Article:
Can you describe your capacity utilization improvement
and network rationalization programmes? How successful have
they been so far? What are the core changes?
Pangilinan: We perform a constant review of capacity
utilization and rationalization, assessing where the lines are
located and where market demand is located. So we try to marry
supply with demand in specific geographic areas, because in
certain instances the demand is there, but there are no working
lines. In other areas we have the working lines, but demand is
already covered. So to some extent we should be able to
rationalize the network in that way.
In terms of the network architecture, we are in discussions
with all our major suppliers, Siemens, Alcatel and NEC and
receive proposals from them over the best way of rationalizing
the network architecture to make it more efficient and reduce
capital expenditure, as we go forward. I think that it is too
early to determine how successful it has been, but I would like
to think that we will be in due time be able to rationalize the
network of PLDT, together with the networks of Smart and
How do you view the convergence of broadcasting and
Pangilinan: I would like to think that PLDT's
participation in the convergence of broadcasting and telecoms
is inevitable. The market and technology imperatives and
consumer demand imperatives will drive convergence eventually.
I believe that legislation will have to be realistic and
recognize this development. All the imperatives will persuade
the legislators to allow such convergence.
In fact I think that our government has a paper that allows
for comments on precisely such convergence in future. We have
no choice. We must participate in the convergence process,
because we are the largest telecoms player. I would like to
think that PLDT will play a significant role in promoting such
convergence. We will be a key driver in that process because
the Internet platform is a viable approach to the convergence
of data, video and voice.
What are your opinions on rate rebalancing? Do you
think that it is a level playing field? Do you think that the
NTC will approve rebalancing for local metered service? How are
you trying to redesign tariff schemes?
Pangilinan: Yes. I think that this is something that
the industry needs for two reasons. Firstly the local metered
scheme is equitable to everyone, because you pay for what you
use. Secondly rate rebalancing is important as international
accounting rates go down, as will international revenues.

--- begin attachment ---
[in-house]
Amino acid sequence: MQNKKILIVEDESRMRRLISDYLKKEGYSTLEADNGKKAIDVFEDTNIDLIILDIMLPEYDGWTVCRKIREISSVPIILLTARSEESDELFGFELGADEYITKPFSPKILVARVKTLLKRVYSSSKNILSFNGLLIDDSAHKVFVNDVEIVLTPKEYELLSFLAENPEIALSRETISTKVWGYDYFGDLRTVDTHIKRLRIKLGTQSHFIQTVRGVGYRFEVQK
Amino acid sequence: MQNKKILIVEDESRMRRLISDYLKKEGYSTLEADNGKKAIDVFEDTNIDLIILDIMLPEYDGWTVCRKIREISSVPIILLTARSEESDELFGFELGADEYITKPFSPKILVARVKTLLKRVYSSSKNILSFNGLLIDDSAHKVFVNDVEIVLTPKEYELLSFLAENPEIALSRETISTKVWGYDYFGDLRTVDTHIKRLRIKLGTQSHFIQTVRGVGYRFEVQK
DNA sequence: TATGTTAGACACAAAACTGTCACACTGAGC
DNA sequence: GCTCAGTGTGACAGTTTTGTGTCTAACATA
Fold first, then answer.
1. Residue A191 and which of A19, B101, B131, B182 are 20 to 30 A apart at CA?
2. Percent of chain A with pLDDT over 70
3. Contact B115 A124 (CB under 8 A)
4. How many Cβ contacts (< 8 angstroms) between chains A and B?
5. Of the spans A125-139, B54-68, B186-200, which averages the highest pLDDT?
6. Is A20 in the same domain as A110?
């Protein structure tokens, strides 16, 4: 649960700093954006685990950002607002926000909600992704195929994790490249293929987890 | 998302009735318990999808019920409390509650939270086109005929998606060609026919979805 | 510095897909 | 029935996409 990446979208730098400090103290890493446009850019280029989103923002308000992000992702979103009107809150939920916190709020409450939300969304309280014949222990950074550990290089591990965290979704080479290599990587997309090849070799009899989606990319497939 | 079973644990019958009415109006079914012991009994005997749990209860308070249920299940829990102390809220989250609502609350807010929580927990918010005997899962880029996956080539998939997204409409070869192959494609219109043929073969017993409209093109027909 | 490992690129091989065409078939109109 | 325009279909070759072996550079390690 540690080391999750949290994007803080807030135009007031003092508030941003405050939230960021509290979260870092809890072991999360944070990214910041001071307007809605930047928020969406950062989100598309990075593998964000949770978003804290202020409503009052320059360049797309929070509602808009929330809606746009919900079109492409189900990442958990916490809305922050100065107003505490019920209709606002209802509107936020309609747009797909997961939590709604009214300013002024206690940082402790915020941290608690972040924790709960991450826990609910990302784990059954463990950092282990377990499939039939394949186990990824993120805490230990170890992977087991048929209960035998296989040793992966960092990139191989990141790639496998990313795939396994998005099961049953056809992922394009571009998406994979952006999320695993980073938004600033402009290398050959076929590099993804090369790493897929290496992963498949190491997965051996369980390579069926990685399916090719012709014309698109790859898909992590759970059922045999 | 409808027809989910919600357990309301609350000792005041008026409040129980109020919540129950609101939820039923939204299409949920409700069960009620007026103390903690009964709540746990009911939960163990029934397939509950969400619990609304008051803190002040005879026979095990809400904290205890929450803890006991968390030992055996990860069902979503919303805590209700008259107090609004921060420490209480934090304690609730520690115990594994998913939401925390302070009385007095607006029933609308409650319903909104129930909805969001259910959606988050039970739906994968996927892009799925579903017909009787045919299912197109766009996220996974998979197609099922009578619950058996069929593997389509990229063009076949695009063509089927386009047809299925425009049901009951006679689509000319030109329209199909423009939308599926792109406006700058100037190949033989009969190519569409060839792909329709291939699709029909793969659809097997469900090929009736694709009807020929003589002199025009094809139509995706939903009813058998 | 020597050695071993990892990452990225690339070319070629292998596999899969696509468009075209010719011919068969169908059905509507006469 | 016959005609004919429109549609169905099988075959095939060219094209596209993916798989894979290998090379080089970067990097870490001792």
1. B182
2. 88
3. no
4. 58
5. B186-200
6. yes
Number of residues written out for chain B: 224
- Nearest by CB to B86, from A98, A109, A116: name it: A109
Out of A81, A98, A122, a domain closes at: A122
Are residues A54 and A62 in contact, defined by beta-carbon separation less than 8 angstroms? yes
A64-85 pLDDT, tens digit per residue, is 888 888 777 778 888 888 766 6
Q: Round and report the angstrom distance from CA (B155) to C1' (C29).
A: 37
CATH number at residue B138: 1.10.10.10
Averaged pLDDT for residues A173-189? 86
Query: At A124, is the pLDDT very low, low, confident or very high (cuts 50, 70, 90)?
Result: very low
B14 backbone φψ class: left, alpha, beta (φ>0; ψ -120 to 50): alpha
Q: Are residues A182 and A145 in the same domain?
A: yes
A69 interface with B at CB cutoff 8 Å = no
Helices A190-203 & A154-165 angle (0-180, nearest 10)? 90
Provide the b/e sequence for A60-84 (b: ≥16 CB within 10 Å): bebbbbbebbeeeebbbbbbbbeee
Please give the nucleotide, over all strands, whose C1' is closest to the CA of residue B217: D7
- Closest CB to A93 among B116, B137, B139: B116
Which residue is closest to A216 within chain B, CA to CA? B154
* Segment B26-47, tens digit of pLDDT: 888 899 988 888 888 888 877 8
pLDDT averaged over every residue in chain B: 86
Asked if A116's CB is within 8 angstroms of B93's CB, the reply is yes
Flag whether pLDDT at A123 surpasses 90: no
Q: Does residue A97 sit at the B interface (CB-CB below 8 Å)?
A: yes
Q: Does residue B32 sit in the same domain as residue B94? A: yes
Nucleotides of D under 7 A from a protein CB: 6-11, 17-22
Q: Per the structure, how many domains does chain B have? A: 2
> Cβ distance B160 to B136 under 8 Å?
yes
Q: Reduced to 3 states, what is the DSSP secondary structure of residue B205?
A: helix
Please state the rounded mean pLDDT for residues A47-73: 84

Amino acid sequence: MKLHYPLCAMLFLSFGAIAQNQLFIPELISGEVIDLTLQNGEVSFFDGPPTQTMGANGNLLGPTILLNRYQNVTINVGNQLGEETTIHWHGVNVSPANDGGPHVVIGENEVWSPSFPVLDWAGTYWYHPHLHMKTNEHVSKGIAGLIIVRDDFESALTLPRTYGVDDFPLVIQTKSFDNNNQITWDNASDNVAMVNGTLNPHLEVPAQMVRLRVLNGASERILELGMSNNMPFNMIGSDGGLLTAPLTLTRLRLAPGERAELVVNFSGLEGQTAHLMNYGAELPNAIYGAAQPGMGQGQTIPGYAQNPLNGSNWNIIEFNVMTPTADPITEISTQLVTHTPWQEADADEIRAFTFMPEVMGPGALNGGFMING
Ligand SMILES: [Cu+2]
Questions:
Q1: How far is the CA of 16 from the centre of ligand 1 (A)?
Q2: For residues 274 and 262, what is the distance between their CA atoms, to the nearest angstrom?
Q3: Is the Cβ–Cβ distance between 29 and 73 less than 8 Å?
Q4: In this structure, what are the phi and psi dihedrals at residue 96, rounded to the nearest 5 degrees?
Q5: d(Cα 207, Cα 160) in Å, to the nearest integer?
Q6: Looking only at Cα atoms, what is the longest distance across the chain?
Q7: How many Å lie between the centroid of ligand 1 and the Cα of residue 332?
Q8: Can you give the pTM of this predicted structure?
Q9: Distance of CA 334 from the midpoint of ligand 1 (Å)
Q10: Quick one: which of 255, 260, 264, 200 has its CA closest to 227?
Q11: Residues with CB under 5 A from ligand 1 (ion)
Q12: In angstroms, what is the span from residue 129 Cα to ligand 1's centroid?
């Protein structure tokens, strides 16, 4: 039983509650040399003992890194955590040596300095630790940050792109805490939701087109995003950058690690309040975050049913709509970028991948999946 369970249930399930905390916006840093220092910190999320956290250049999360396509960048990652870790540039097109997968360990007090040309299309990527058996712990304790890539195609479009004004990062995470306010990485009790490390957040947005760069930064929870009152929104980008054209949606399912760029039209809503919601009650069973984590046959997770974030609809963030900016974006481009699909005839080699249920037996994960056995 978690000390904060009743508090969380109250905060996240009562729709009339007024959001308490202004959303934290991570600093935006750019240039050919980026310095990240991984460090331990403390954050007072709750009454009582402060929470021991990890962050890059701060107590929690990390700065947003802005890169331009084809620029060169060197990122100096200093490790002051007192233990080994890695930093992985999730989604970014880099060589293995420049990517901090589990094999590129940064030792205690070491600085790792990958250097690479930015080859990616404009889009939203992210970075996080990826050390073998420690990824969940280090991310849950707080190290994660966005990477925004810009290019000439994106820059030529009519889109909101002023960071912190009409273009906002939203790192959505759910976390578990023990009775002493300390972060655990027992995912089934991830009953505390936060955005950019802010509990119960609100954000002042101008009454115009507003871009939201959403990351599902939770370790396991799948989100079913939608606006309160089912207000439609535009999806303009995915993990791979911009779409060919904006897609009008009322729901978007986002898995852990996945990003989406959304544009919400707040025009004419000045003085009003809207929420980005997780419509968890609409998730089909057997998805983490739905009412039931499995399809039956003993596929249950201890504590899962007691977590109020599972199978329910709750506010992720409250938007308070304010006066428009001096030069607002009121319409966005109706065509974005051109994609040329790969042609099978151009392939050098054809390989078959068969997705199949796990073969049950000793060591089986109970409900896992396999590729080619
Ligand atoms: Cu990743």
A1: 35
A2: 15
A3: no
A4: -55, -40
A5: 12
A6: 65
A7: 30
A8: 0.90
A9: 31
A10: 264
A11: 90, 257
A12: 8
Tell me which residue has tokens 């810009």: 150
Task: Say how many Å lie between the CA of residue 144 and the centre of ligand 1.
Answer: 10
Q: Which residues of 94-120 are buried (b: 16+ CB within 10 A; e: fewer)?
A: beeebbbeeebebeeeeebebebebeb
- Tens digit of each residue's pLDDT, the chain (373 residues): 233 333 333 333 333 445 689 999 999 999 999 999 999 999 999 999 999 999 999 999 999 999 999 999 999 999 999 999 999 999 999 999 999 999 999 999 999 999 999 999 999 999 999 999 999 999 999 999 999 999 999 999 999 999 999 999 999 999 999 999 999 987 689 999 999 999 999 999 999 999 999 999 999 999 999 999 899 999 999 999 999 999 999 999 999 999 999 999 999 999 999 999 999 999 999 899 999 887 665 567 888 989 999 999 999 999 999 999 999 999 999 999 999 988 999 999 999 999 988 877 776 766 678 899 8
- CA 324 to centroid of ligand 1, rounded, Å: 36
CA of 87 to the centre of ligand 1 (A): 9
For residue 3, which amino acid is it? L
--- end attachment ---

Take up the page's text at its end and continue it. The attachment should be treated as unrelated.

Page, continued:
Therefore, we should support and subsidize domestic
requirements which are going down. There is a need for
rebalancing. It will have to be a level playing field: whatever
applies to PLDT should apply to other players in the industry.
I think that in due time we can persuade the government to
approve the local metered scheme. We are trying to redesign
tariff schemes in a way that is responsive to consumer needs. I
think that it is still early days to predict how that redesign
What are PLDT's regional ambitions? Do you have any
ambitions to become a regional hub for international traffic?
Do you plan to expand PLDT's reach?
Pangilinan: No. We don't have any regional ambitions
at the moment. We are heavily focused on the Philippines. We
would like to become a regional hub in future. That is one of
the things that we would like to talk about to a strategic
investor in terms of the value that they can bring to the table
in making PLDT a regional hub for their international traffic.
What do you perceive to be the prospects for satellite
communications? How well is Mabuhay Philippines Satellite
performing? How does it fit in with your cellular
Pangilinan: Well I think that in the long term
prospects should be OK. In the short term, there is significant
surplus capacity of transponders in the region. So we have to
be very competitive. Mabuhay is performing reasonably well in
the circumstances. It does fit in with our cellular operation,
as we could use that to transmit signals on a country-wide
What are your hopes and ambitions for the company over
the next few years? What trends do you see emerging in Asian
telecoms over the next five years?
Pangilinan: I would like to see PLDT as the preferred
provider of voice, video and data in the Philippines and be a
quality company that everyone could emulate and admire in terms
of quality management, quality service, price and coverage that
our consumers want.
In terms of trends, basically I see four trends - the
convergence of fixed, wireless, Internet/data transmission and
of course broadcasting. We want to be a quality company that
provides quality service to consumers and also be very
profitable for our shareholders.